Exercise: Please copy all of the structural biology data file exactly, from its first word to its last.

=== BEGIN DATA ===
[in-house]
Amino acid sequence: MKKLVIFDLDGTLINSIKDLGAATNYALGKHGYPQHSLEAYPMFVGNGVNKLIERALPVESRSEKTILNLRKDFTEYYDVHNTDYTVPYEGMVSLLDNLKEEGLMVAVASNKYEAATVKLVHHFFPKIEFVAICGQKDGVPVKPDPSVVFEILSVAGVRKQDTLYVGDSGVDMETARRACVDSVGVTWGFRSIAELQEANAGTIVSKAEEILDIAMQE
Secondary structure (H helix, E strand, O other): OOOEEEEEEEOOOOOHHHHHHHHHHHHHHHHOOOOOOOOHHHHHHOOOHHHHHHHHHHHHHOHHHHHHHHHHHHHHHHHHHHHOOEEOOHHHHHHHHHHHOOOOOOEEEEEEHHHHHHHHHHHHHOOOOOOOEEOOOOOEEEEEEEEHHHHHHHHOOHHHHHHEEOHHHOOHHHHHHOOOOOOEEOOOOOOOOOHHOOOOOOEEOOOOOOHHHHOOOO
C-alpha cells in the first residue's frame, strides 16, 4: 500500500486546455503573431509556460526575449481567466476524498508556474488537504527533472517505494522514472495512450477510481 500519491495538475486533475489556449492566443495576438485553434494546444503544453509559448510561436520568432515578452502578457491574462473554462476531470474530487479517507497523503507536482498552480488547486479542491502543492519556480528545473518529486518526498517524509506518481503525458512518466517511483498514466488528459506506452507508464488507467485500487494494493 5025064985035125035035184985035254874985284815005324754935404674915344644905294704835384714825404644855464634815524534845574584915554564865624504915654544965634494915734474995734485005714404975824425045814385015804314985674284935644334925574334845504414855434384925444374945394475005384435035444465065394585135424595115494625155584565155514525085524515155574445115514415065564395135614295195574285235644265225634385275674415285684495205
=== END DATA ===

[in-house]
Amino acid sequence: MKKLVIFDLDGTLINSIKDLGAATNYALGKHGYPQHSLEAYPMFVGNGVNKLIERALPVESRSEKTILNLRKDFTEYYDVHNTDYTVPYEGMVSLLDNLKEEGLMVAVASNKYEAATVKLVHHFFPKIEFVAICGQKDGVPVKPDPSVVFEILSVAGVRKQDTLYVGDSGVDMETARRACVDSVGVTWGFRSIAELQEANAGTIVSKAEEILDIAMQE
Secondary structure (H helix, E strand, O other): OOOEEEEEEEOOOOOHHHHHHHHHHHHHHHHOOOOOOOOHHHHHHOOOHHHHHHHHHHHHHOHHHHHHHHHHHHHHHHHHHHHOOEEOOHHHHHHHHHHHOOOOOOEEEEEEHHHHHHHHHHHHHOOOOOOOEEOOOOOEEEEEEEEHHHHHHHHOOHHHHHHEEOHHHOOHHHHHHOOOOOOEEOOOOOOOOOHHOOOOOOEEOOOOOOHHHHOOOO
C-alpha cells in the first residue's frame, strides 16, 4: 500500500486546455503573431509556460526575449481567466476524498508556474488537504527533472517505494522514472495512450477510481 500519491495538475486533475489556449492566443495576438485553434494546444503544453509559448510561436520568432515578452502578457491574462473554462476531470474530487479517507497523503507536482498552480488547486479542491502543492519556480528545473518529486518526498517524509506518481503525458512518466517511483498514466488528459506506452507508464488507467485500487494494493 5025064985035125035035184985035254874985284815005324754935404674915344644905294704835384714825404644855464634815524534845574584915554564865624504915654544965634494915734474995734485005714404975824425045814385015804314985674284935644334925574334845504414855434384925444374945394475005384435035444465065394585135424595115494625155584565155514525085524515155574445115514415065564395135614295195574285235644265225634385275674415285684495205